An excerpt from

Painting Friends: The Beaver Hall Woman Painters
by Barbara Meadowcroft

Prudence Heward's painting Girl on a Hill (1928) and Rollande (1929) are monumental portraits of women in pastoral settings. In Girl on a Hill , the model, a well-known modern dancer, is sitting, barefoot and bare-armed, under a stylized arch of trees. Her naked limbs, and loose dress, are appropriate for her profession, and suggestive of the greater freedom women were enjoying. In Rollande, the model in her high-necked black dress and pink pinafore could be a schoolgirl or a servant. She confronts the viewer boldly, her arms akimbo, and her back turned to the farm, but her defiant stance is somewhat is somewhat diminished by her costume. These paintings invite us to reflect on the changes to women's political and social position in the 1920s. As Quebec became increasingly industrialized, young women were leaving the farms to work in factories or as domestics. More single middle-class women were also taking jobs. But most were obliged to stop working once they married, since school boards, government offices, and many private firms did not employ married women. Although marriage was still considered the "real" career for middle-class women, working before marriage was justified on the grounds that it would help them become more competent wives and mothers.

Politically, women's status was improving. The federal government granted them the vote in 1918 and the next year admitted them to the House of Commons. In 1929, women were legally recognized as "persons" and thus eligible for appointment to the Senate. They had little real power, but their enfranchisement and a token presence in Parliament increased their status and self-confidence.

The mass circulation magazines of the 1920s claimed that women had more opportunities than ever before. The magazines popularized an image of the Modern Woman, with short skirts and short hair, who danced, played sports, and worked at interesting jobs. But many women may have been confused, as feminist Anne Anderson Perry suggested in 1928, "between old ideals of shrinking, dependent femininity, and the more modern conception of woman as an independent entity with a destiny of her own, both political and economic."

The symbolism of Girl on a Hill and Rollande evokes the ambiguities in women's situation. The dancer - whose profession links her to the city, modernism, and art - is shown sitting alone on a hill. Her bare feet can be read as an allusion to her profession (modern dance was based on natural movements) and as a reference to a rural past. The fence in Rollande can be seen as cutting the girl off from the past and/or closing within herself. Taken together, the paintings offer a pertinent commentary on the predicament of women in the 1920s - caught between the traditional values of domesticity and rural stability (symbolized by the apron and the farm) and the prospect of independence and self-fulfillment suggested by the successful dancer.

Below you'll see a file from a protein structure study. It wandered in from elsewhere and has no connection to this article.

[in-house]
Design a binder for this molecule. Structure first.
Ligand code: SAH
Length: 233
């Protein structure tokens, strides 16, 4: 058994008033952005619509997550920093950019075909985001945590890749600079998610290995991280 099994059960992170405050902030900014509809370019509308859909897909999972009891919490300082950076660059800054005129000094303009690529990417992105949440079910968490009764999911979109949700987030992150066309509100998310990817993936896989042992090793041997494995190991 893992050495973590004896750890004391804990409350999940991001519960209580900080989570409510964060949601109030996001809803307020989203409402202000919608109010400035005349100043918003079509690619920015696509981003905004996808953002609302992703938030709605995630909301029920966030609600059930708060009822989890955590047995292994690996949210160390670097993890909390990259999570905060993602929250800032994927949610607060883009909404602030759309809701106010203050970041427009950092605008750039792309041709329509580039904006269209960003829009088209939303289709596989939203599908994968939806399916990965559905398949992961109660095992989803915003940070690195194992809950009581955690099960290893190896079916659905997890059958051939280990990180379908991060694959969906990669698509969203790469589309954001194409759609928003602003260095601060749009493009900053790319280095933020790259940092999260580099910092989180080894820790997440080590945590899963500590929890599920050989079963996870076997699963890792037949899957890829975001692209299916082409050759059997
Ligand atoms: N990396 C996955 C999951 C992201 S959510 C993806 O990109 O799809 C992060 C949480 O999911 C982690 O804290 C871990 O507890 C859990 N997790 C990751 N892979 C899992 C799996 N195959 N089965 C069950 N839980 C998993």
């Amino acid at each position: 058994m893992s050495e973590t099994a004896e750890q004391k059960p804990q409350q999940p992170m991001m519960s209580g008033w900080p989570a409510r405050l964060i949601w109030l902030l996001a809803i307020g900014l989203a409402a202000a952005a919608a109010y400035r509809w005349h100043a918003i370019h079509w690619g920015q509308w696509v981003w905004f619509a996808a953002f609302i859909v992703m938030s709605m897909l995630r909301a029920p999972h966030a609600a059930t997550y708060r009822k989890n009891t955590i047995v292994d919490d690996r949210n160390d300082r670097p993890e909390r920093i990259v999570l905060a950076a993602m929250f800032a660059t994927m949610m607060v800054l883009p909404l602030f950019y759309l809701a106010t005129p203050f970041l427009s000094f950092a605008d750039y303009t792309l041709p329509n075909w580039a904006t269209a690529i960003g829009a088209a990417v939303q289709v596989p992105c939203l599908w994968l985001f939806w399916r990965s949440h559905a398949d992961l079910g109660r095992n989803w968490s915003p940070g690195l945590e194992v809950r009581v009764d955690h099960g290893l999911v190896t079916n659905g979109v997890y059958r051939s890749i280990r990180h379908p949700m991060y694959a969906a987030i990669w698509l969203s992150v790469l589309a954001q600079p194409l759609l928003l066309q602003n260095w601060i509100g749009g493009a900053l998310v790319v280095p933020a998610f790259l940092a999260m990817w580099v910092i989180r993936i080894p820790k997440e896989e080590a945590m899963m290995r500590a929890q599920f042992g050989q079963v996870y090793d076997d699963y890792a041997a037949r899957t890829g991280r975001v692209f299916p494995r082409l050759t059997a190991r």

In other works of this period, At the Café (c. 1928) and At the Theatre (1928), Heward shows women enjoying the social and cultural life of the city. In the late 19th century when modern-life painting became a popular genre, public spaces were divided by class and gender. The impressionists Mary Cassat and Berth Morisot represented middle-class women in Parisian parks and theatres, but not in cafŽs, which were associated with mistresses and courtesans. By depicting a woman painter, Mabel Lockerby, sitting alone at a café table, Heward draws attention to the increased independence of middle-class women. The shadowy male figures in the background reinforce the impression of strength in the solidly-painted woman, while simultaneously reminding the viewer that the world in which the artists moves is still dominated by men. At the Theatre portrays women in evening dress, half-turned toward the stage. Light ripples over the shoulders of the central pair, creating a warm, intimate feeling. While Marry Cassat's At the Opera (1879) draws attention to women's vulnerability by showing a man training his binoculars on a female spectator, Heward's image suggests that women are autonomous beings (the viewer, not the viewed) with the artistic taste and means to support the arts.

Lilias Newton's Self-Portrait raises interesting questions about the public perception of professional women. As a married woman and a mother, Newton's position was somewhat anomalous in a period when wives were expected to devote themselves to their families. In the portrait she presents herself as an elegantly dressed woman, staring confidently at the viwer. Her profession is suggested by the outline of a palette at lower right and a picture frame at the top of the canvas. Newton's attention to fashion details (the bobbed hair, bright lipstick, and gold choker) Suggest that she may have been concerned (consciously or unconsciously) to show that her profession had not undermined her "femininity". Although Newton was not the first woman to represent herself as a painter, this self-portrait has a particular resonance in a period when the Group of Seven was forging an image of the painter as a virile, outdoors man.